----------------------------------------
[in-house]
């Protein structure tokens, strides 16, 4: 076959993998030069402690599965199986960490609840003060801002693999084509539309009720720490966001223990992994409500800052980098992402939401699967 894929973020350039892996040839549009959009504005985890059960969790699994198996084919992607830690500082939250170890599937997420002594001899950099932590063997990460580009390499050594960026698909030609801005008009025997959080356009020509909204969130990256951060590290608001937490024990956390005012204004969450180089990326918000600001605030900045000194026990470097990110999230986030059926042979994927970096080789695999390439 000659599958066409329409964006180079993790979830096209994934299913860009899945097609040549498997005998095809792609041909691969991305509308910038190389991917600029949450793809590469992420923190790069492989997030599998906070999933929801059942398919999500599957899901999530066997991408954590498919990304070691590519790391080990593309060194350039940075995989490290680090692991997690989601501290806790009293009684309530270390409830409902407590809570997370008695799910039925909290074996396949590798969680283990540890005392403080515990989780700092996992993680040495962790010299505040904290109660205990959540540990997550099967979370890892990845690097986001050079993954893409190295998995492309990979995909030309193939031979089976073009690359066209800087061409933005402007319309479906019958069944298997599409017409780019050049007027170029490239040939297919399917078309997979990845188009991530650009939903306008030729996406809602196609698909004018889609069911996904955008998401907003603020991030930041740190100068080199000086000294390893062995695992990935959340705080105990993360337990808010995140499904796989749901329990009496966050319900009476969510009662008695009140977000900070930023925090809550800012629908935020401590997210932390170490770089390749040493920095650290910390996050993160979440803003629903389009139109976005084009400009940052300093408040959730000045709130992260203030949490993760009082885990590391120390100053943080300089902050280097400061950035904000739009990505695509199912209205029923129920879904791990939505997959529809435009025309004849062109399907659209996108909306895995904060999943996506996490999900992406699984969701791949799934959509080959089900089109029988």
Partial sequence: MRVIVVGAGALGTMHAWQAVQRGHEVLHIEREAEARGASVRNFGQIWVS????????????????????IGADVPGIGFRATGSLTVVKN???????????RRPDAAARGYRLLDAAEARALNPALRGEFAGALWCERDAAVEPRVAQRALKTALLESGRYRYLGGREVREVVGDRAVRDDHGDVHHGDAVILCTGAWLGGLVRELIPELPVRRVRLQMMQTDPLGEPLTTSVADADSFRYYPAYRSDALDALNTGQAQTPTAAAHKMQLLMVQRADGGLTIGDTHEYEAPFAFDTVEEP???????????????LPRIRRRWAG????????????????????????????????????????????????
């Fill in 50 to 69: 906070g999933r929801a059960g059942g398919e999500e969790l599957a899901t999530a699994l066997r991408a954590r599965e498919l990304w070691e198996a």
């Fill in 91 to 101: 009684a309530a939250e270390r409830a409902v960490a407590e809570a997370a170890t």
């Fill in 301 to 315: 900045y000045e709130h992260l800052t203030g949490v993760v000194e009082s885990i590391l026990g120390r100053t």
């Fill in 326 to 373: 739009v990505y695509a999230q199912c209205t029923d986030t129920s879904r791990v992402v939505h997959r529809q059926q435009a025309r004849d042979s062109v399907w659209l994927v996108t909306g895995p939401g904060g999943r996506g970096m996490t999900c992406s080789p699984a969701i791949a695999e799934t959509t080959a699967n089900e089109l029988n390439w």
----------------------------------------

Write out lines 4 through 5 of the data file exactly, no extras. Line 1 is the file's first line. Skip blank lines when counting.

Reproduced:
């Fill in 50 to 69: 906070g999933r929801a059960g059942g398919e999500e969790l599957a899901t999530a699994l066997r991408a954590r599965e498919l990304w070691e198996a």
């Fill in 91 to 101: 009684a309530a939250e270390r409830a409902v960490a407590e809570a997370a170890t």